"Alexander: The Making of a God" Source: Netflix

Conservatives Flunk History with Tantrums over 'Gay' Portrayal of Alexander the Great

Kilian Melloy READ TIME: 3 MIN.

Right-wingers are demonstrating their grasp of history once again with angry denunciations of a docuseries that portrays Alexander the Great the way he most likely was: bisexual or, in any case, a man who loved men as well as women. Comments slamming the series, however, get even that part wrong, clamoring that the show "turns" Alexander "gay."

As the Oliver Stone film "Alexander" did 20 years ago, the Netflix docuseries "Alexander: The Making of a God" recalls how a Macedonian prince inherited his father's throne at the age of 20 and, in a mere handful of years, led his warriors to victory across the ancient world, creating a huge empire and achieving everlasting fame.

Where the Oliver Stone film shied away from showing anything too overt, however, the docuseries has no qualms depicting Alexander in same-sex clinches.

The show features blond hunk Buck Braithwaite as the greatest military mind the world has ever known, with Will Stevens portraying Hephaestion, the man historians (and legend) say was probably more than just a friend.

Most viewers don't seem to have a problem with either the historical facts or the depiction of them. Newsweek detailed that "the six-part docuseries features historians and dramatic reenactments of Alexander's life and has been one of the top 10 viewed series on Netflix since its debut" on Jan. 31.

Newsweek noted that one expert, the American University of Cairo's Dr. Salima Ikram, explains in the series that "Hephaestion really was not just a cherished companion, but perhaps his greatest love."

Newsweek also pointed out that another expert, Cardiff University's Prof. Lloyd Llewellyn-Jones, informed viewers of the documentary series that "The Greeks did not have a word for homosexuality, or to be gay. It just wasn't in their vocabulary whatsoever. There was just being sexual."

For that reason, Jones said, "Same-sex relationships were quite the norm throughout the Greek world."

As indeed they are in our own modern world – much to the chagrin of some who would police the private lives of others.

That chagrin was instantly observable in online comments from homophobic viewers who didn't seem to realize that in depicting Alexander and Hephaestion as friends with benefits, or perhaps something more deeply romantic, the series is simply hewing to what's known of the historical figures and the time and place in which they lived.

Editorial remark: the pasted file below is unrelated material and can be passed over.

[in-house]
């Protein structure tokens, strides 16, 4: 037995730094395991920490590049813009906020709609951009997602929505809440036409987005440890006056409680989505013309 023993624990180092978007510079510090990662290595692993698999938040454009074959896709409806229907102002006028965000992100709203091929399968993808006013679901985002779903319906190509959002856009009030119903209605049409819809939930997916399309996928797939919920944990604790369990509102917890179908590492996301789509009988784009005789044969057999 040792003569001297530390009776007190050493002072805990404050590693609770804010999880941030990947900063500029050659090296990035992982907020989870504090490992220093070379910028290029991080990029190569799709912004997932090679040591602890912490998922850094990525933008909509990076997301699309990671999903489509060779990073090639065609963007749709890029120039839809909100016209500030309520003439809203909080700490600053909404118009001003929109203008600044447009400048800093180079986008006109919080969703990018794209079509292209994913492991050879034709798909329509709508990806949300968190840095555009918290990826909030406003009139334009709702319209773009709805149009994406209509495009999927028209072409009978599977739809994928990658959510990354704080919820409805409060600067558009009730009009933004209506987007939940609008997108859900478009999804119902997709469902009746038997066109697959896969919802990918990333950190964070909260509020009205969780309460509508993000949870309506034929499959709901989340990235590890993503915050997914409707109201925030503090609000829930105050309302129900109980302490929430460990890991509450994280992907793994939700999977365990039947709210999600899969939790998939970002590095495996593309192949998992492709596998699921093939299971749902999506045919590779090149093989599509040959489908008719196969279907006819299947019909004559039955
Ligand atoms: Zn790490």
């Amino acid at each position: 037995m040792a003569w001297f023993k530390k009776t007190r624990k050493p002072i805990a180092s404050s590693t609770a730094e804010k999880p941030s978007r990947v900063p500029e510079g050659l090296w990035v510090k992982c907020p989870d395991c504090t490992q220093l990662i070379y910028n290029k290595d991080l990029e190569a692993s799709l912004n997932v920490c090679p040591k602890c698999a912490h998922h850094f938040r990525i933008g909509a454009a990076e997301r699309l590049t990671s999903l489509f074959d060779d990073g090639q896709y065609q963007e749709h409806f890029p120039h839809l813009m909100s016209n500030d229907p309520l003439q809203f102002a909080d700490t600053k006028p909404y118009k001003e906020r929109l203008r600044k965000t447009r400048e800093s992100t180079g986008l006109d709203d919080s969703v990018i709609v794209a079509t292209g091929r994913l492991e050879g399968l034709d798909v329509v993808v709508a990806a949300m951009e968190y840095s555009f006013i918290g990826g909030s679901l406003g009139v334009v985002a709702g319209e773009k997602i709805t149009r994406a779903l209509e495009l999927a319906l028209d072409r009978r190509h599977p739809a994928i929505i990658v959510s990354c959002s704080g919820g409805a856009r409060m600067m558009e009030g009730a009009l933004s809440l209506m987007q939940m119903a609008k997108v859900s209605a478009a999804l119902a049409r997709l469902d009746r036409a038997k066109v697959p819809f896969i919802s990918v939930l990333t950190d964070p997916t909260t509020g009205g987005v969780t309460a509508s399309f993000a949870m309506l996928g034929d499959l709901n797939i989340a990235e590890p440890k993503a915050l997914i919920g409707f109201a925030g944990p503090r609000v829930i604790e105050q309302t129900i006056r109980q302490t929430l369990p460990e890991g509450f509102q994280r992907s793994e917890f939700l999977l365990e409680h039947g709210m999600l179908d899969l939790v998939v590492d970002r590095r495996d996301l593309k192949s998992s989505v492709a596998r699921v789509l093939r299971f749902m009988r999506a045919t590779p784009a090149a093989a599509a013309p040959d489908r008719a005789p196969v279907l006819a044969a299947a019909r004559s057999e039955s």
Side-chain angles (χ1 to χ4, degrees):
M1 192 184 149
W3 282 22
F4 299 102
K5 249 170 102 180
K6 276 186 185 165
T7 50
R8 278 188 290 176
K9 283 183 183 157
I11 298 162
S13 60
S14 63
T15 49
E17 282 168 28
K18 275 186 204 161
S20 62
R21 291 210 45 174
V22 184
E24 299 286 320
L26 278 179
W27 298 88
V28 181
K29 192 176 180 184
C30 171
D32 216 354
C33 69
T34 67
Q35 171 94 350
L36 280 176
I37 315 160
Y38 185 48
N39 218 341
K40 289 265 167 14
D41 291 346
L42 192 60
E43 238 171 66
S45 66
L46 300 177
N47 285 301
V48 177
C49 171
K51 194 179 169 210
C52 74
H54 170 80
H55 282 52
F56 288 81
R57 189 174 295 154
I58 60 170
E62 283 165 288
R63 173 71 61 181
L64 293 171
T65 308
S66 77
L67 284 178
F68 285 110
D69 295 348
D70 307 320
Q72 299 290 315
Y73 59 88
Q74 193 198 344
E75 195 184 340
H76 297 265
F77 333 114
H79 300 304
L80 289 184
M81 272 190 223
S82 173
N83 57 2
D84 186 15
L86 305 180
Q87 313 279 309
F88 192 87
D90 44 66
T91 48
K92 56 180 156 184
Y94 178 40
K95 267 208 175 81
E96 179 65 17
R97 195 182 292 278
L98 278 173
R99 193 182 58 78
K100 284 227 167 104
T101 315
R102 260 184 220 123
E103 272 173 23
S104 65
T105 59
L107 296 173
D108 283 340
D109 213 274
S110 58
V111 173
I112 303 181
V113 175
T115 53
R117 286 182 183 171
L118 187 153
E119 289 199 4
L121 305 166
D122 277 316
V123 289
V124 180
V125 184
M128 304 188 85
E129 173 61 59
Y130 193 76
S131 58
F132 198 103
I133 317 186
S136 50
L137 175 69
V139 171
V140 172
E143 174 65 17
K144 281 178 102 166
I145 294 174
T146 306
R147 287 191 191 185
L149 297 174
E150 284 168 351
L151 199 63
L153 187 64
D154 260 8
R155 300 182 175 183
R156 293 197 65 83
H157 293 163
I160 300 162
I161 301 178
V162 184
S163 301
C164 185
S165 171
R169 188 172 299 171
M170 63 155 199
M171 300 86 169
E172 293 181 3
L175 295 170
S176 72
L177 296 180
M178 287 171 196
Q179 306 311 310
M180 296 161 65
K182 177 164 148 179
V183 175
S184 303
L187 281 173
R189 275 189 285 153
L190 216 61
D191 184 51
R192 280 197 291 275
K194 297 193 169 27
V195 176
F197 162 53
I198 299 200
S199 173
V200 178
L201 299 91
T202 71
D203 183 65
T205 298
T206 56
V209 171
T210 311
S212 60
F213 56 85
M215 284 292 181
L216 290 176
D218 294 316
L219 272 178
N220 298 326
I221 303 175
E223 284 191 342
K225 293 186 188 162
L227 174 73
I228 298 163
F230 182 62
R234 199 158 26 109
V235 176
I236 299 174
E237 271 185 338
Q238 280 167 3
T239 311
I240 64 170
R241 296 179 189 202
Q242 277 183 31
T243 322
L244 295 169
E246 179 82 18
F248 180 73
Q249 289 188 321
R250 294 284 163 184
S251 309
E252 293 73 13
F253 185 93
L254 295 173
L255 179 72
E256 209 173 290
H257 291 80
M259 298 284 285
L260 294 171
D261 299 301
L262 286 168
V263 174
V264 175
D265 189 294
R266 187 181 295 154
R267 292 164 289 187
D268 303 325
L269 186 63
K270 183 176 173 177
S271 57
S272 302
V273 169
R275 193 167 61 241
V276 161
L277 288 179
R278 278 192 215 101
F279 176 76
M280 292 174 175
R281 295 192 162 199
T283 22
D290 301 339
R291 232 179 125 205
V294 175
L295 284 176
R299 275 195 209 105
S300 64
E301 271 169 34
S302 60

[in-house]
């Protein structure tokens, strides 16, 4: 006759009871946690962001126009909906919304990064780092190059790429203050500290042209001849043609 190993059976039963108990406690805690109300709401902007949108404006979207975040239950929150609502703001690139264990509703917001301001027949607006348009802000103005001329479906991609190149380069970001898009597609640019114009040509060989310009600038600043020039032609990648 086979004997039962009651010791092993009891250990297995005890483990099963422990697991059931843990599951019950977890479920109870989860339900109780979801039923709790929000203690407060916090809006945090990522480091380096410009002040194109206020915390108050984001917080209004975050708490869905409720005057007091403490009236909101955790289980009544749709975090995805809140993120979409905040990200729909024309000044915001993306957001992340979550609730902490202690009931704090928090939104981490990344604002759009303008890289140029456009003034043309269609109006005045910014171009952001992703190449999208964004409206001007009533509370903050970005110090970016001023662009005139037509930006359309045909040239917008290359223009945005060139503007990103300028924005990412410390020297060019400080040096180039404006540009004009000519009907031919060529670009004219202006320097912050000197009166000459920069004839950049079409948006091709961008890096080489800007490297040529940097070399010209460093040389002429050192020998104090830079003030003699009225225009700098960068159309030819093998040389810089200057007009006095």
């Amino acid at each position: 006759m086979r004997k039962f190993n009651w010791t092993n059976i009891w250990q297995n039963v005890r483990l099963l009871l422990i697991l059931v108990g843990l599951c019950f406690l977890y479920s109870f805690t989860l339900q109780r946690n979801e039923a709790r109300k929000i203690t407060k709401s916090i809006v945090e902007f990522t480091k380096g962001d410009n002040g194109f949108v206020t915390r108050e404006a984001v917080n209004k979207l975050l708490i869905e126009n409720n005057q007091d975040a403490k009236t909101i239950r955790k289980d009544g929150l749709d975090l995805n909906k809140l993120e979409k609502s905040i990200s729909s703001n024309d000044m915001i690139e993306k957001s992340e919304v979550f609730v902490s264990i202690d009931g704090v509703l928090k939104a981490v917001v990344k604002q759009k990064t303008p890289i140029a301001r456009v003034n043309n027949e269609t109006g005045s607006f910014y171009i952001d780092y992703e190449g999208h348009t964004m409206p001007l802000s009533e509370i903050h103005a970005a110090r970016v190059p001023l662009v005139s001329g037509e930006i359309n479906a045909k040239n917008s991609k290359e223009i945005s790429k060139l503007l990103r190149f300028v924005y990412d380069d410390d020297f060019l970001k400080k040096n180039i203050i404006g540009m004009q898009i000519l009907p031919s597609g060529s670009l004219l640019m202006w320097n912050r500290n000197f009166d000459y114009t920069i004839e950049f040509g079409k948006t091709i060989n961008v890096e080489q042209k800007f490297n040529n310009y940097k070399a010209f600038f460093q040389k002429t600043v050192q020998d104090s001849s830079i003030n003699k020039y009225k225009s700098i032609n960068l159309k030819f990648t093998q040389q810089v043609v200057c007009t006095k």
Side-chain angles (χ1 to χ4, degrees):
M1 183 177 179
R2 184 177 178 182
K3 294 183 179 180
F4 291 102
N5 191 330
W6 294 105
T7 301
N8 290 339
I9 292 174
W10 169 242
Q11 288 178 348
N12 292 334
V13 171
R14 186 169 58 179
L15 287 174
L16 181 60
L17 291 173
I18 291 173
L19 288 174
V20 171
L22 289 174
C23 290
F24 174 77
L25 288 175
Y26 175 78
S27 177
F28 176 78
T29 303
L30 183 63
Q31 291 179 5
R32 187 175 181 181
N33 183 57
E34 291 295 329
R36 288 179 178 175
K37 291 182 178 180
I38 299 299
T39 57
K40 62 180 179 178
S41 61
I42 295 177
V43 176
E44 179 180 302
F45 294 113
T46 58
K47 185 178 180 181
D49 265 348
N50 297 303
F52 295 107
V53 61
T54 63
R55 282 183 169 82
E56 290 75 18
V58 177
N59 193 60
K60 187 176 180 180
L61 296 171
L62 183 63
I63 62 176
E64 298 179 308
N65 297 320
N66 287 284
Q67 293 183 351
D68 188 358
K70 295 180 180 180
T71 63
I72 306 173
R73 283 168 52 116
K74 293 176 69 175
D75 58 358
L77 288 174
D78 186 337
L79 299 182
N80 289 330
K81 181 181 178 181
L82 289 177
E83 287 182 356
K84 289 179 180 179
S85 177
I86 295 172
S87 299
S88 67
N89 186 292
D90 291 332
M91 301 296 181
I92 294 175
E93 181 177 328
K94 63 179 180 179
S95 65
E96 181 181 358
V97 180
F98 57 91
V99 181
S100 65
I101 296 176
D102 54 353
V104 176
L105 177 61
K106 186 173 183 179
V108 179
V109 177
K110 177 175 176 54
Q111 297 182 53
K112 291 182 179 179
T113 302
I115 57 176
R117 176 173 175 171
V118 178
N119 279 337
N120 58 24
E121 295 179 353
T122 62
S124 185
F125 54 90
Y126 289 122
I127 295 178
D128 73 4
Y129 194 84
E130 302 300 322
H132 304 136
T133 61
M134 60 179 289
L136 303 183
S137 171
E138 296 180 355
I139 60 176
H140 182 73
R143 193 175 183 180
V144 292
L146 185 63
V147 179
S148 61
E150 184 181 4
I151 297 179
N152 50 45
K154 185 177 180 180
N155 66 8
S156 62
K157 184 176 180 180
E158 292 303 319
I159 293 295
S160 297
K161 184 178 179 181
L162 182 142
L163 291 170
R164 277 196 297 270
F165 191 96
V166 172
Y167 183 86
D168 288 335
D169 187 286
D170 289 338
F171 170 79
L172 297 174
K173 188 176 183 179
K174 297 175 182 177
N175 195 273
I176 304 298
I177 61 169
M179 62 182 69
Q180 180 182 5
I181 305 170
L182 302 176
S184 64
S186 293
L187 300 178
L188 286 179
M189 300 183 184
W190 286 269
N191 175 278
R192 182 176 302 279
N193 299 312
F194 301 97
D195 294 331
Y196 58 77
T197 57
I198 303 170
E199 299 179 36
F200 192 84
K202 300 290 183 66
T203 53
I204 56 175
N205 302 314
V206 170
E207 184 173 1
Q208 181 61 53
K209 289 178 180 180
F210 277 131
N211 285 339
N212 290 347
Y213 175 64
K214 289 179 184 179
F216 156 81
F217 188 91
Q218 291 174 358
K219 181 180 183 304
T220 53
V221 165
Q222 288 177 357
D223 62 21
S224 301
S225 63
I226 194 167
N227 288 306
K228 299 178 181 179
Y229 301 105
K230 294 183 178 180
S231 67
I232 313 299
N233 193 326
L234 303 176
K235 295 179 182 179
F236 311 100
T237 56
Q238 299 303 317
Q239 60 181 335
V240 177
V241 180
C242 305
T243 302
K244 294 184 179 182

"Within the first 8 minutes, they turned him gay," a tweet from a group called End Wokeness lamented of Alexander's depiction as a bisexual man.

That tweet, according to UK newspaper the Daily Mail, was the opening volley in a "firestorm" of attacks from the anti-LGBTQ+ right that targeted the show for not redacting history to their liking.

"Alexander: The Making of a God"
Source: Netflix

More accusations were hurled from the shadowlands of online conspiracy theorists.

"Those who control Hollywood are part of the globalist agenda," one individual declared. "Destroying families, spreading degeneracy, dismantling traditions, depopulating US/EU through social engineering... those are their long-term objectives."

"Nobody to protect Alexander the Great from these satanists," the post added, overlooking the absence of anything close to "Satan" in the Ancient Greek religious tradition.

The gnashing of teeth from the right sparked jocular responses from those who knew a little more about the ancient world.

Noted one post: "The Right are losing their minds because apparently they don't know that Alexander The Great was famously bisexual. 🤣"

The person who posted that included a quote that was ironically a propos to the "controversy" around reflecting genuine history in a documentary series: "'I love the poorly educated' - Trump".

Have a look at some of the other responses that homophobic posts prompted on X (formerly Twitter).

Watch the trailer for "Alexander: The Making of a God" below.

by Kilian Melloy , EDGE Staff Reporter

Kilian Melloy serves as EDGE Media Network's Associate Arts Editor and Staff Contributor. His professional memberships include the National Lesbian & Gay Journalists Association, the Boston Online Film Critics Association, The Gay and Lesbian Entertainment Critics Association, and the Boston Theater Critics Association's Elliot Norton Awards Committee.

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